著者
塩入 宏行 木田 尚武
出版者
日本武道学会
雑誌
武道学研究 (ISSN:02879700)
巻号頁・発行日
vol.27, no.2, pp.18-26, 1995-01-31 (Released:2012-11-27)
参考文献数
48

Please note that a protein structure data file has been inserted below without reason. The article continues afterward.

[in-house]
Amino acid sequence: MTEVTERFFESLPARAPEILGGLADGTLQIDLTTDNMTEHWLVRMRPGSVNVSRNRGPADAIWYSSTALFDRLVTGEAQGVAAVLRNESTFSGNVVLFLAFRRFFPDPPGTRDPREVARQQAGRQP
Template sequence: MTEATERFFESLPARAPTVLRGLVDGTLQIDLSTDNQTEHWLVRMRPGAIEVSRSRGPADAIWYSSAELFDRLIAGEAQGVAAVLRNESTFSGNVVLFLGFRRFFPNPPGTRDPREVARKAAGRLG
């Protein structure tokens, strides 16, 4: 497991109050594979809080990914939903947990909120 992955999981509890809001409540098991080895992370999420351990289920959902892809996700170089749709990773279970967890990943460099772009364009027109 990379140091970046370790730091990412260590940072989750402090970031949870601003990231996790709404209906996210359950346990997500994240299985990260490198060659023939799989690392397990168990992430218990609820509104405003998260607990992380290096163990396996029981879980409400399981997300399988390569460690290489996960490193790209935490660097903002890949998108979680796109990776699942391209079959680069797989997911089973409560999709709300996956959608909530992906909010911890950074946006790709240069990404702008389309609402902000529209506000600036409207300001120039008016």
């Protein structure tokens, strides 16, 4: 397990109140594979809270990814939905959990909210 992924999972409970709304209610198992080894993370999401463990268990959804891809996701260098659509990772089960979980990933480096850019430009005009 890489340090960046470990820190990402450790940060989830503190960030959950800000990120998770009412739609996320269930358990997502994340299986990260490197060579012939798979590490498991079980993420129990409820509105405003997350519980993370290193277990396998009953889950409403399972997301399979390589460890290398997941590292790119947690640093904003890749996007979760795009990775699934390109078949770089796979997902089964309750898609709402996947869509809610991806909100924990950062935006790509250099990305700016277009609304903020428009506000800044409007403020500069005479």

There seems to exist a prejudice, among the Japanese people, especially those who are not familiar with the history of European style of fencing, that it is too defensive or technical aspect of the fencing is too much emphasized when compared with the offensive Japanese Kendo in which the traditional straight downward cut, for example, the “Kiri-otoshi” or “Hitotsu-gachi” in Itto-ryu school has been respected. It may partly be because of the difference in their fighting styles. Meanwhile, it is an undeniable fact that the term “fencing” derives from “defencing” by losing its suffix “de”, and the French word, “escrime”, which corresponds to the English fencing, comes from the Frankish “skirmjan” meaning defence through “escremie” or “eskermie”.Originally, of course, fencing was really based on the fight of life or death and it is not so deffensive as we Japanese generally suppose. Even after the World war II (in 1958 & 19687), duels with a real sword were fought. They have pursued this art of fencing very seriously.But historically speaking, as Egerton Castle pronounced in his School and Masters of fence, 'Paradoxical as it seems, the development of the “Art of Fence” was the result of the invention of firearms. Its history need not therefore be taken up higher than the fifteenth century.' We may safely say that modern fencing marked its first step is fencing history in the 15th century with the invention of firearms and has developped technically as the weight of the sword deminished. It was not until the latter half of the 17th century that core techniques in modern fencing, such as <parade-riposte> in two times or <on guare position> closing the line of attack, etc. appeared.In this study the authors tried to clarify the characteristic features in styles of four representative masters of fence in the 16th century Italy where systematic teaching of fencing first appeared and the theories of fencing masters were published in printed treatices. Their names are Achille Marozzo, Camillo Agrippa, Giacomo di Grassi and Angelo Viggiani.

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